Nuclear Issues

18 Items

Iranian parliamentarians dressing in IRGC uniforms to demonstrate solidarity  following the Trump administration's terrorist designation of the organization.

IRNA

Analysis & Opinions

The Iran–U.S. Escalation: Causes and Prospects

| June 09, 2019

Despite the continuing debate in Tehran, the principle of “no negotiation under pressure” with the United States remains a consensual principle among all members of the current regime. The Supreme Leader has expressed this position by stating that the negotiations with the Trump administration are “double poison”. While Iran’s regional enemies are pushing for confrontation, the international community remains supportive of Tehran’s political position, as long as it stays committed to the nuclear deal. Existing indicators do not point at any willingness for confrontation from either side – at least at the moment. And although some regional actors have attempted to pacify the tension, the prospects for a truce remain unlikely within the current context.

A man holds a sign that reads "Nuclear Weapons Ban Treaty"prior to a press conference during the Helsinki Summit with Trump and Putin.

(AP Photo/Pablo Martinez Monsivais)

Analysis & Opinions - The Hill

A Better Way to Confront Russia's Nuclear Menace

| Oct. 28, 2018

Ongoing Russian violations of the Intermediate Range Nuclear Forces (INF) Treaty need to be effectively addressed because they defy a longstanding bilateral agreement and directly threaten our NATO allies. However, the Trump administration’s move to pull out of the treaty is misguided; instead, we should launch a major initiative to strengthen strategic stability between the United States and Russia, writes Elizabeth Sherwood-Randall.

Ambassador Douglas Lute speaks at the Future of Diplomacy Project

Benn Craig/Belfer Center

Analysis & Opinions - Future of Diplomacy Project

NATO and Russia: An Uneasy Relationship

| Nov. 08, 2017

Ambassador Douglas Lute, former ambassador to the North Atlantic Council, NATO's principal decision-making body, spoke at the Future of Diplomacy project on NATO's role today, adapting to current threats, and Russia's relationship with NATO and its member States.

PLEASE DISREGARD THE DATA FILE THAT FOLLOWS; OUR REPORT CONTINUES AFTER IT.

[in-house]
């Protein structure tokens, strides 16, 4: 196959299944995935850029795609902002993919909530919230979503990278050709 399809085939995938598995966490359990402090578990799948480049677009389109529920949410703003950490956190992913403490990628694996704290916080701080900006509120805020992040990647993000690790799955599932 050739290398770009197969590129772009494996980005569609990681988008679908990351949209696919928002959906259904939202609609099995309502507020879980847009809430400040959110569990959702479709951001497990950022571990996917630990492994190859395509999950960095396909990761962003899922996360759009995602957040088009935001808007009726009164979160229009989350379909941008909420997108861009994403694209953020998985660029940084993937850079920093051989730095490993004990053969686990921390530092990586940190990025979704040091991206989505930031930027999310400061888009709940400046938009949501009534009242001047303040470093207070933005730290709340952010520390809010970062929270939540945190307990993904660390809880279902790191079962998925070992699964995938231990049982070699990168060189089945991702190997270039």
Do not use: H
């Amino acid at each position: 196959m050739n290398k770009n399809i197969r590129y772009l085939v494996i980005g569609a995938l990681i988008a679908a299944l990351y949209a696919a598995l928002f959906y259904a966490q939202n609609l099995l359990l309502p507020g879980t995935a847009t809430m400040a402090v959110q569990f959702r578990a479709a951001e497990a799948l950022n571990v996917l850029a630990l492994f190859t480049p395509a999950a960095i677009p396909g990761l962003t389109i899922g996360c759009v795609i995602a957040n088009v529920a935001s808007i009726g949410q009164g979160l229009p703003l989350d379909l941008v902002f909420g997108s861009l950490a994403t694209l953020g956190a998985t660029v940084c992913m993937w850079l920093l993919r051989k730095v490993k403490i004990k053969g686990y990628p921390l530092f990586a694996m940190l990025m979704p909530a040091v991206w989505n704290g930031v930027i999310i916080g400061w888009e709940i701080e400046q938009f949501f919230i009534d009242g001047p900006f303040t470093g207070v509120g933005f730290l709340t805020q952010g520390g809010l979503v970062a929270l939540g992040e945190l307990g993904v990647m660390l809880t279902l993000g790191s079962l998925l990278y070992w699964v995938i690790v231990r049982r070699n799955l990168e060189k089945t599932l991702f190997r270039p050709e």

Collapse of Soviet Union Pro-democracy demonstrators file across Moscow's Crimean Bridge to link up with thousands more converging on a square in the downtown area in Moscow, Feb. 23, 1990. Those in the foreground wave flags and banners of one of the organization seeking free elections throughout the Soviet Union. (AP Photo/Boris Yurchenko)

AP Photo/Boris Yurchenko

Analysis & Opinions - Russia Matters

The Soviet Collapse and Its Lessons for Modern Russia: Gaidar Revisited

| Dec. 22, 2016

Although Russia has evolved in many ways since 1991, it’s worth taking a second look at the drivers behind the Soviet collapse and assessing which of them may be relevant for today’s Russia or could become relevant in the near to medium-term future.

Report - Managing the Atom Project, Belfer Center

Advancing Nuclear Security: Evaluating Progress and Setting New Goals

In the lead-up to the nuclear security summit, Advancing Nuclear Security: Evaluating Progress and Setting New Goals outlines what was accomplished in a four-year effort launched in 2009 to secure nuclear material around the globe—and what remains to be done. The effort made significant progress, but some weapons-usable nuclear materials still remain “dangerously vulnerable." The authors highlight the continuing danger of nuclear and radiological terrorism and call for urgent action.

Paper - Belfer Center for Science and International Affairs, Harvard Kennedy School

Steps to Prevent Nuclear Terrorism

| October 2, 2013

The 2011 “U.S. - Russia Joint Threat Assessment” offered both specific conclusions about the nature of the threat and general observations about how it might be addressed. This report builds on that foundation and analyzes the existing framework for action, cites gaps and deficiencies, and makes specific recommendations for improvement.

Report - Managing the Atom Project, Belfer Center

Plutonium Mountain: Inside the 17-Year Mission to Secure a Legacy of Soviet Nuclear Testing

| August 15, 2013

The Belfer Center’s Eben Harrell and Pulitzer Prize-winning author David E. Hoffman for the first time report the details of one of the largest nuclear security operations of the post-Cold War years — a  secret 17-year, $150 million operation to secure plutonium in the tunnels of Degelen Mountain.

Security detail overseeing the secure transportation of highly enriched uranium to Russia in Poland, October 2010

USA.gov

Journal Article - Journal of Nuclear Materials Management

Preventing Insider Theft: Lessons from the Casino and Pharmaceutical Industries

| June 17, 2013

Through structured interviews and a literature review, we assess which approaches to protection against insider thefts in the casino and pharmaceutical industries could be usefully applied to strengthen protections against insider theft in the nuclear industry, where insider thefts could have very high consequences.